Players and coaches on the Houston Dynamo were quick to express their frustration after Saturday night’s 2-0 loss to the Portland Timbers. In the game’s 15th minute, the Dynamo appeared to take the lead when Raúl Rodríguez struck off a corner kick. However, Rodríguez’s goal was called back after the referee whistled another Houston player for obstruction. After the Timbers went up 1-0 just before halftime, Houston center back David Horst was called for a foul in the 59th minute for pulling down a Portland player in the box while defending a corner. Gastón Fernández stepped up and converted the subsequent penalty to give the Timbers a 2-0 lead and ultimately all three points. After the match, several members of the Dynamo, including head coach Owen Coyle and captain DaMarcus Beasley voiced displeasure at the two decisions that influenced the outcome of the game. “The referee was very inconsistent…” Beasley said. “…But we can’t rely on the referee to bail us out.” After what he described as a “very disappointing” performance by his team, Beasley pointed out the things he and other players could have done to prevent the result. “I felt that we didn’t play well the whole game, not just the two mistakes we made. From back to front we were soft. We gave the ball away in bad areas. Just all-in-all a bad game. I’m not pointing fingers at anybody. Collectively, as a whole team, we weren’t good enough tonight. They punished us and they got the win.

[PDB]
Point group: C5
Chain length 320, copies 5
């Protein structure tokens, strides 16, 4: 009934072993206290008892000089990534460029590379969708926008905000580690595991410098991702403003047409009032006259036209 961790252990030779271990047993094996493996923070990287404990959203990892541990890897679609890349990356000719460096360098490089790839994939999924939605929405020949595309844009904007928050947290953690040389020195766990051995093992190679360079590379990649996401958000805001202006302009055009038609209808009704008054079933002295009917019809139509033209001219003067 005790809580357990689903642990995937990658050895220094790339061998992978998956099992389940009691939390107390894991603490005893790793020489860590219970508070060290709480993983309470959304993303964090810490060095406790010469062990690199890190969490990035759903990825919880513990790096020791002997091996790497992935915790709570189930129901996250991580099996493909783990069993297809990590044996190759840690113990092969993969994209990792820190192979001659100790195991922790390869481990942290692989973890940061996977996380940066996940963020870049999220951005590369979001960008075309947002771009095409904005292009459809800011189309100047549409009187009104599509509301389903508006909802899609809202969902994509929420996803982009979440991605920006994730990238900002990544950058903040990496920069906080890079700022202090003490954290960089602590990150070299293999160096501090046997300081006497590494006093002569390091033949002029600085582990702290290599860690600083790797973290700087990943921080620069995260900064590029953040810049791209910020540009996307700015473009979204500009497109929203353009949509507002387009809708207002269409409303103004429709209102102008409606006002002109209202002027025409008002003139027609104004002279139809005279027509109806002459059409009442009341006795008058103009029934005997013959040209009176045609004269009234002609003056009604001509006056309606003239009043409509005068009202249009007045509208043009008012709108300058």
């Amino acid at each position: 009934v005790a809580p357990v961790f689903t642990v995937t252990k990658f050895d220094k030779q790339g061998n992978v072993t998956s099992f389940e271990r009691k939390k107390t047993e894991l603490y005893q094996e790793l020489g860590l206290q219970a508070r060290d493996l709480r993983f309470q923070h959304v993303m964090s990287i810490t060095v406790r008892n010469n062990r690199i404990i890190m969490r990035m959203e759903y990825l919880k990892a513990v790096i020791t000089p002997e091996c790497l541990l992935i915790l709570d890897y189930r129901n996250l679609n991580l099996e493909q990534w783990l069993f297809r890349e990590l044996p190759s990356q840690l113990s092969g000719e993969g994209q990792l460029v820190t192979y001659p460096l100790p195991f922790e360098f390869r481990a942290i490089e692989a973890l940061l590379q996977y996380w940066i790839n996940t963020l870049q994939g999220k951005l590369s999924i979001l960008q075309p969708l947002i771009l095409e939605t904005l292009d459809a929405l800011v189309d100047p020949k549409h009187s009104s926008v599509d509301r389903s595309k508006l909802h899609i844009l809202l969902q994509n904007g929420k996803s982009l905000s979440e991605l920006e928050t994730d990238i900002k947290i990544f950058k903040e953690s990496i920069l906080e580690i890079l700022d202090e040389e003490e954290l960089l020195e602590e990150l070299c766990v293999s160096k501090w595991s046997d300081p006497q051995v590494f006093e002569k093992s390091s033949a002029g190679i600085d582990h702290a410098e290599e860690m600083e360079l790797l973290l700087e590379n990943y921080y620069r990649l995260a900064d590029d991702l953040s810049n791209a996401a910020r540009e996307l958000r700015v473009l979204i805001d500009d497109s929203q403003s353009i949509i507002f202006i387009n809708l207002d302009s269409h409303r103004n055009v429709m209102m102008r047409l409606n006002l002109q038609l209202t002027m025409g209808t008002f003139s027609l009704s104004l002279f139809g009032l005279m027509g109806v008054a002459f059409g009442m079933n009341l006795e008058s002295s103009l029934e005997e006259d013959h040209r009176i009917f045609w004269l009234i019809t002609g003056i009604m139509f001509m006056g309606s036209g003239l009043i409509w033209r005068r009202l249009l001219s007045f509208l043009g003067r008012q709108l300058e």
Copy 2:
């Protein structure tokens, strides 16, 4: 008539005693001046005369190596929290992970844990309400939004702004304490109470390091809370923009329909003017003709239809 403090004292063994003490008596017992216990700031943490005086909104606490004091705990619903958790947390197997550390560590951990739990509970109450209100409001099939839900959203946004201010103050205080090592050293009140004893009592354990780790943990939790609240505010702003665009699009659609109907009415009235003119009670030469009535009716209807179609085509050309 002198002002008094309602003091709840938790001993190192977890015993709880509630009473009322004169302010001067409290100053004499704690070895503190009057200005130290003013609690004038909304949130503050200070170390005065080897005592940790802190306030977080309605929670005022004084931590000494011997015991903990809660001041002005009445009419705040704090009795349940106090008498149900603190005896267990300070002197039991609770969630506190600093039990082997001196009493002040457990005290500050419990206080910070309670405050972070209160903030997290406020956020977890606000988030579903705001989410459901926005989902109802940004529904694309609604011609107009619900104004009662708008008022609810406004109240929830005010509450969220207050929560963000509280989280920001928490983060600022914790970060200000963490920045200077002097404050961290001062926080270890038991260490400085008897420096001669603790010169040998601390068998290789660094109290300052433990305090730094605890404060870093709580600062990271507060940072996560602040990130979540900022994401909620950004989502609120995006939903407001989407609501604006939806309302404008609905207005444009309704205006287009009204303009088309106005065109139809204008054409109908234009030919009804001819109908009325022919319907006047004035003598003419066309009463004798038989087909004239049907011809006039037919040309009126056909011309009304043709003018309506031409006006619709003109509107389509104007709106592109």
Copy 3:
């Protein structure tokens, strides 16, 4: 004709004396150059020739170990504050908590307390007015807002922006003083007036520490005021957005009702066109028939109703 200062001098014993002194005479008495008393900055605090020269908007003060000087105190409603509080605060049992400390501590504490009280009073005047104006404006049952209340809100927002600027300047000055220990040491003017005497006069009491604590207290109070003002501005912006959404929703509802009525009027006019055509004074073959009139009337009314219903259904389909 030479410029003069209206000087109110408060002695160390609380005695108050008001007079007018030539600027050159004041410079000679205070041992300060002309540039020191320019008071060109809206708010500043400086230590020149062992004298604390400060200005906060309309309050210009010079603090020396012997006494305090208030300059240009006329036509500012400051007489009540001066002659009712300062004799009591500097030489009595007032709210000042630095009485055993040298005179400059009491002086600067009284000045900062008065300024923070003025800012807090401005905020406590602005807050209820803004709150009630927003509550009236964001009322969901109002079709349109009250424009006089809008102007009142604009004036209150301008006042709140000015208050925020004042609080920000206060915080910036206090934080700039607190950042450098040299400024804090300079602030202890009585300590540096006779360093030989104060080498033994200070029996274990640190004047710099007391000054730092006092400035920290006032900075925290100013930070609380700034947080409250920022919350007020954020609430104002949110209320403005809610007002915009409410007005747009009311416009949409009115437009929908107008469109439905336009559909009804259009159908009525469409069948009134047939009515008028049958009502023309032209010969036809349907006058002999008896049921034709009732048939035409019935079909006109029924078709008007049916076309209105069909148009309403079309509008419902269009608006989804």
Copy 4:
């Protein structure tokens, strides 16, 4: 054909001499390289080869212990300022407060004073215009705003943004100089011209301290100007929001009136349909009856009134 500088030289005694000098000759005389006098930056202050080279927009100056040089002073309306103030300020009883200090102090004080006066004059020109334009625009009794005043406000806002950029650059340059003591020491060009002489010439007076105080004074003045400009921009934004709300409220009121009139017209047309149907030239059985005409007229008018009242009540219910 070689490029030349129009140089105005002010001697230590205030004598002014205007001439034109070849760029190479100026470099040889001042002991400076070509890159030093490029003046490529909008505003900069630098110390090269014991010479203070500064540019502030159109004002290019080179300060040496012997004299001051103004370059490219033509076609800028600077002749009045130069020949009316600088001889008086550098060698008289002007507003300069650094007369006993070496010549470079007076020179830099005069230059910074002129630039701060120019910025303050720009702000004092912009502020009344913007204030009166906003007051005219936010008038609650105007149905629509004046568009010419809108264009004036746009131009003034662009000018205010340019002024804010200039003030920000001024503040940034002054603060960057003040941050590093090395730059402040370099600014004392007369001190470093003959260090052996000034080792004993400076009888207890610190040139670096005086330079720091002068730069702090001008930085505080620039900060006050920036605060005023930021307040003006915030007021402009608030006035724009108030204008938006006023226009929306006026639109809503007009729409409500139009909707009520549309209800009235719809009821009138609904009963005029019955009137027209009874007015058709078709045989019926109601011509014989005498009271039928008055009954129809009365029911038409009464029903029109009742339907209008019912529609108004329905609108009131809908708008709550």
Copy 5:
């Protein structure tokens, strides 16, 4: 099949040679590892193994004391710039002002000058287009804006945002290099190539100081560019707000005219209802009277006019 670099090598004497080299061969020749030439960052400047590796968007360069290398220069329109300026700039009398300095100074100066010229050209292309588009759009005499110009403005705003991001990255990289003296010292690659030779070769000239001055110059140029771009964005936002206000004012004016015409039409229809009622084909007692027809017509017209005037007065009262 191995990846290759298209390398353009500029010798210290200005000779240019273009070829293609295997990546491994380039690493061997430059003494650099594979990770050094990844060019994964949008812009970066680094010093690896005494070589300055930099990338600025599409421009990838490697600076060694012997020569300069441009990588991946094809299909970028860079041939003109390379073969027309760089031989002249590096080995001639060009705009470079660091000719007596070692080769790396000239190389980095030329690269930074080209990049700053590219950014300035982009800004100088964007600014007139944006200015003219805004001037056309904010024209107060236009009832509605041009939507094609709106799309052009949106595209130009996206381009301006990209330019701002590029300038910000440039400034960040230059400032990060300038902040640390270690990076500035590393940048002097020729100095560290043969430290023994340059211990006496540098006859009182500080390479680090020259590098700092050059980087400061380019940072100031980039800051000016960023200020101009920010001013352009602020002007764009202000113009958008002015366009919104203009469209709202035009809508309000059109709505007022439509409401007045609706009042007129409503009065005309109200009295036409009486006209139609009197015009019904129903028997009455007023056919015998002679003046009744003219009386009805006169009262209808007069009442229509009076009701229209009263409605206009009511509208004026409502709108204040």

In situations like this, it’s often easy and even understandable for players and coaches to be frustrated or angry with the referee. It may even be tempting to blame a loss entirely on a referee’s decision. However, before doing so, reflect back on your performance as a team and as an individual. Were there things you could have done differently (or better) at any point during the game that would have influenced the outcome? Were there areas of your performance that were not as strong as they could have been? If mistakes had not been made earlier in the game, could this have swung the result the other way? It’s very easy to blame a loss or tie on a referee’s decisions, a poor playing surface, or the weather conditions because it means that, as a player, you are letting go of accountability, and choosing to blame the result on something outside your control. And while it may have been the case that one or more of these factors (i.e., referee, field, weather, etc.) influenced a game, it is never the case that they were the only reason your team did not win. Part of what it means to “objectively evaluate” a game involves identifying things you can improve on that are under your control – specific things that you can work on in training the following week so that you can improve your performance and increase your chances of success in the next game. Having accountability as a player means finding a way to take responsibility for results, good or bad, regardless of how tempting it might be to blame anyone but yourself.